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Gradual or sharp slowdown? Inflation will decide


18 June 2018


House view





Investors are more risk conscious as signs point to slower growth, writes ANZ's chief investment office.

Risks to investment markets are rising, as major economies start to show signs of slowing and central banks are tightening policy.

While economic growth remains solid for now, divergences are building between solid US growth and slightly softer growth across other regions.

As the US increases interest rates, ANZ’s chief investment office continues to expect “the good times to fade”, with growth continuing to ease through 2019, while shares return in the mid-to-high single digits this year.

US economy powers ahead

In response to solid US growth, the nation’s central bank (the US Federal Reserve) has slowly been raising its federal funds rate. But while the US grows solidly, reinforced by recent positive company earnings, there are signs the European Union, Japan, China and other emerging nations are slowing.

Near-term prospects for emerging-market shares in particular are at greater risk from higher US rates and possibly a stronger US dollar. Recent troubles in Argentina and Turkey flag that risks are rising, though we don’t expect a sharp spill-over into other vulnerable markets in the region.

Looking toward 2019

As we approach the mid-year mark, we are now looking much more closely at what 2019 may bring. At this stage it appears next year is shaping up as a year of slower growth and higher uncertainty as central banks continue to tighten monetary policies further.

Exactly how this plays out depends on inflation:

  • If central banks can gradually raise rates, withdrawing economic stimulus, as inflation gradually lifts, then we’ll have a gradual slowdown and the current investment cycle would extend.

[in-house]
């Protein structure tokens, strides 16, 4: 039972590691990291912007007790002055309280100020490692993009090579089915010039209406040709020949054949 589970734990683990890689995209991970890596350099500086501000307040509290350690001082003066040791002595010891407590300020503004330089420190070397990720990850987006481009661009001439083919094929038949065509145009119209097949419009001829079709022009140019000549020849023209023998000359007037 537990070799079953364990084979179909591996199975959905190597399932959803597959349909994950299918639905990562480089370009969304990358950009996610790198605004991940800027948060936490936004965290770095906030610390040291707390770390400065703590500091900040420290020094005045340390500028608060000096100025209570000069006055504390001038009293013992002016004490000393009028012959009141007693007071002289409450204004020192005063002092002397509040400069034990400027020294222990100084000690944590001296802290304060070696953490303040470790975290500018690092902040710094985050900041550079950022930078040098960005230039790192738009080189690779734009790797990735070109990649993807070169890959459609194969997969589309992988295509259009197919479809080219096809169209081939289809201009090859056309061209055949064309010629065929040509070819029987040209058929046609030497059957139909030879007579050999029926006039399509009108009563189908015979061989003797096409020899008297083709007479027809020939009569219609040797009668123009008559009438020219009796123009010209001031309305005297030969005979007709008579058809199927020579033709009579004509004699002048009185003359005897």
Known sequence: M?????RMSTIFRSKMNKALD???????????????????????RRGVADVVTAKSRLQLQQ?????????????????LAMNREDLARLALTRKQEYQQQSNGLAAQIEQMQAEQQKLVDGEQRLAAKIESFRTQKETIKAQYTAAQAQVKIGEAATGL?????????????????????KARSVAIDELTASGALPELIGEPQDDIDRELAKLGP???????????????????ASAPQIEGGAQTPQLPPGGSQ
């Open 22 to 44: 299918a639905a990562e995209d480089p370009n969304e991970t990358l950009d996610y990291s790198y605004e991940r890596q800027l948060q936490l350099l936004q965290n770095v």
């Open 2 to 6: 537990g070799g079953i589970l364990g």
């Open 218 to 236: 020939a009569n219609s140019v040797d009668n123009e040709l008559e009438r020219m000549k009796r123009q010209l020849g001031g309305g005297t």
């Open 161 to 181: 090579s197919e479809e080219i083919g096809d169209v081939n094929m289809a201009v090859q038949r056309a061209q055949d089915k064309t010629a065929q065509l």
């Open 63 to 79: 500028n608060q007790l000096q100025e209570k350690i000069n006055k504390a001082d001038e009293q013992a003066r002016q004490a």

• If inflation and policy rates were to rise more quickly, the investment cycle would tip to slowdown much more sharply.

To date, US wages and inflation have continued to rise slowly and this supports our “good times fade” baseline view. However, with the US unemployment rate at a historic low level, a more pronounced lift in wages is becoming much more likely.

Our investment positions

Given the current balance of strong growth and rising, although still relatively contained, risks, the chief investment office is retaining a “neutral” positioning to growth assets such as shares.

Investment positions
Asset class Preference level Reasoning

International equities


We expect global equities to perform relatively well, with good but easing economic and earnings momentum.

Australian, New Zealand equities


We expect New Zealand and (more so) Australian equities to perform well relative to bonds and offer an attractive yield.

Emerging markets


While global growth remains solid, momentum has eased and we consider the outlook will become more challenging.

Listed real assets1


Real estate markets and infrastructure have underperformed on the back of rising interest rates.




Low but positive returns as interest rates rise overseas.



Slowing growth and rising inflation mean yields will trade in a tight range.







Solid but easing global growth will remain supportive of the Aussie’s prospects for now.

Equities, fixed income and cash are relative to benchmark. Currencies are relative to an absolute return outlook (short term).

1. Comprises of 50/50 split between global real estate investment trusts and infrastructure securities.

2. Cash is the balancing asset class. Cash is a residual to portfolio manager’s overall implementation of other asset-class strategies. It continues to form part of the overall defensive asset allocation, with PMs having flexibility in terms of how to implement the stated defensive asset strategy across fixed income and cash. In the regional investment council model cash overweight to facilitate an underweight position we hold in international bonds and to manage overall fund duration.

As at June 2018.


Access the full June 2018 chief investment office House View (PDF 174kB)

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Mark Rider, former Chief Investment Officer

Mark brought over 30 years of investment market experience to ANZ, having previously worked at UBS and the Reserve Bank of Australia. During his seven-year tenure at ANZ Mark was responsible for and contributed to the overarching investment philosophy, investment strategy and asset allocation of ANZ Private Banking.


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